Image sensor 29 could convert the sensed BSLM output image into electrical signals to reproduce the image within a third LED array 22, which emits light having a wavelength under 1 micron so that this LED array may direct reading light into a second BSLM 2' via BS24. The output of image sensor 29 could be modified by a auxiliary digital data processor 4 coupled between output image sensor 29 and input LED array 21 for the first BSLM 2, or input LED array 22 for the second BSLM 2'. Pixel ANDING may be performed in data processor 4 by providing a "pass high pixel signal intensity only" condition. An OR operation could utilize a "pass low pixel signal intensity" condition. A variable electronic threshold circuit in data processor 4 can thus produce ANDING or ORING of the binary data arrays inputted by the LED arrays. In like manner, right hand image sensor 29' could be connected to an additional LED array (not shown) for producing a reading image to be inputted into a third BSLM. Other configurations and interconnections of the apparatus of FIG. 1 will be apparent to the skilled worker in the art.
Other binary logic operations such as EXCLUSIVE OR and NOR intensity level thresholding operations and contrast or edge enhancement operations may be performed by the aforesaid apparatus. See the above mentioned "Optical Engineering" article.
While preferred embodiments of the present invention have been described, numerous variations will be apparent to the skilled worker in the art, and thus the scope of the invention is to be restricted only by the terms of the following claims and art recognized equivalents thereof.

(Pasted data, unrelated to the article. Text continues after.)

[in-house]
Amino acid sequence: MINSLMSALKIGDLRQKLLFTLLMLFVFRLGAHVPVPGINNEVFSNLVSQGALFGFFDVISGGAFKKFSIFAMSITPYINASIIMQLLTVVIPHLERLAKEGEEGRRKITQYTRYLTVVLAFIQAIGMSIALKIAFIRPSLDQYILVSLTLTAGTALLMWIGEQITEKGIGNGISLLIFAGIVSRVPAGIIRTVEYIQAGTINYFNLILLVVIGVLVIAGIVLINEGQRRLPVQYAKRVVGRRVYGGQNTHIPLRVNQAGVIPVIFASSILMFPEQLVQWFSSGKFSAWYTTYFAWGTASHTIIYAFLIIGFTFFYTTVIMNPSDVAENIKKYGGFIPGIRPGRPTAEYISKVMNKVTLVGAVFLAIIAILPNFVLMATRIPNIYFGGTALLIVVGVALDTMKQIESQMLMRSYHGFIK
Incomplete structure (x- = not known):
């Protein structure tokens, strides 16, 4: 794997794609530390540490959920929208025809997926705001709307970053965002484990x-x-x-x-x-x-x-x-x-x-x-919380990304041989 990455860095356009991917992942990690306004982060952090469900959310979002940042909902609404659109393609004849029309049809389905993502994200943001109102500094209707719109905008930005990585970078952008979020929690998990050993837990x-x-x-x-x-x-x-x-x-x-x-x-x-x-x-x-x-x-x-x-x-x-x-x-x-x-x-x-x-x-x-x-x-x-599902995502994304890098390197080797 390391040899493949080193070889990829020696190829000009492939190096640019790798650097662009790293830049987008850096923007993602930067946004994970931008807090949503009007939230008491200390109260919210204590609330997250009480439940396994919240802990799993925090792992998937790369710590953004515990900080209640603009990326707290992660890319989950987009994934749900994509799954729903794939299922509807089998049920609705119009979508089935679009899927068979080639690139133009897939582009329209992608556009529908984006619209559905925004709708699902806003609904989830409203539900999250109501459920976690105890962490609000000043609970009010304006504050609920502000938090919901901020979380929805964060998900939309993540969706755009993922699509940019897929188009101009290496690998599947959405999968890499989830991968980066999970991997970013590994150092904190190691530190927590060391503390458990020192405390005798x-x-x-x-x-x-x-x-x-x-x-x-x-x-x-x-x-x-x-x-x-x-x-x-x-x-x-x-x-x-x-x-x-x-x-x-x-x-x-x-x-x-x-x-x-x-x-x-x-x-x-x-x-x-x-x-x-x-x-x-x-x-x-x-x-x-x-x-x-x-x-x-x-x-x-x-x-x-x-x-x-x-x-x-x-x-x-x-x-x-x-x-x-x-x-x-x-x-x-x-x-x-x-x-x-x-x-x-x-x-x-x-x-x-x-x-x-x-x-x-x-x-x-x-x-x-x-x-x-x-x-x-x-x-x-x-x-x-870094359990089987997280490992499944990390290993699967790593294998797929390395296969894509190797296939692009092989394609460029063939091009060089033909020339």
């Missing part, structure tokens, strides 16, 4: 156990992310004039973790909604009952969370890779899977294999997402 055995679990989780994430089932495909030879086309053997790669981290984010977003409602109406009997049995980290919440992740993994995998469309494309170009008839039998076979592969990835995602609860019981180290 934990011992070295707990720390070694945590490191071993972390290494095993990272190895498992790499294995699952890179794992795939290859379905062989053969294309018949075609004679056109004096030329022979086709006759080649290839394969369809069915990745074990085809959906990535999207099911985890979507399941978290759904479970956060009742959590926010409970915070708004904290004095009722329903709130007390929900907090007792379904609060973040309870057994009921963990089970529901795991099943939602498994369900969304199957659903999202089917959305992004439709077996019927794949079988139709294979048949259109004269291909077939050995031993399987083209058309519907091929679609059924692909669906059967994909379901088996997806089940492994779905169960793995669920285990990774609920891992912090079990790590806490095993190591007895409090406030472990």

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|US5137484 *||Jun 13, 1991||Aug 11, 1992||Proxima Corporation||Method of making a liquid crystal display construction|
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|U.S. Classification||349/17, 359/245, 359/292, 349/25, 706/40|
|International Classification||G02F1/135, G06E1/02, G02F3/00|
|Cooperative Classification||G02F1/135, G02F3/00, G06E1/02|
|European Classification||G02F1/135, G02F3/00, G06E1/02|
|Feb 1, 1991||AS||Assignment|
Owner name: LOCKHEED MISSILES & SPACE COMPANY, INC., 1111 LOCK
Free format text: ASSIGNMENT OF ASSIGNORS INTEREST.;ASSIGNORS:ARMITAGE, DAVID;THACKARA, JOHN I.;REEL/FRAME:005584/0822
Effective date: 19900927
Owner name: UNITED STATES OF AMERICA, THE, AS REPRESENTED BY T
Free format text: ASSIGNMENT OF ASSIGNORS INTEREST. SUBJECT TO LICENSE TO RECITED;ASSIGNOR:LOCKHEED MISSILES & SPACE COMPANY, INC.;REEL/FRAME:005584/0824
Effective date: 19901005
|Feb 13, 1995||FPAY||Fee payment|
Year of fee payment: 4
|Jul 6, 1999||REMI||Maintenance fee reminder mailed|
|Dec 12, 1999||LAPS||Lapse for failure to pay maintenance fees|
|Feb 22, 2000||FP||Expired due to failure to pay maintenance fee|
Effective date: 19991210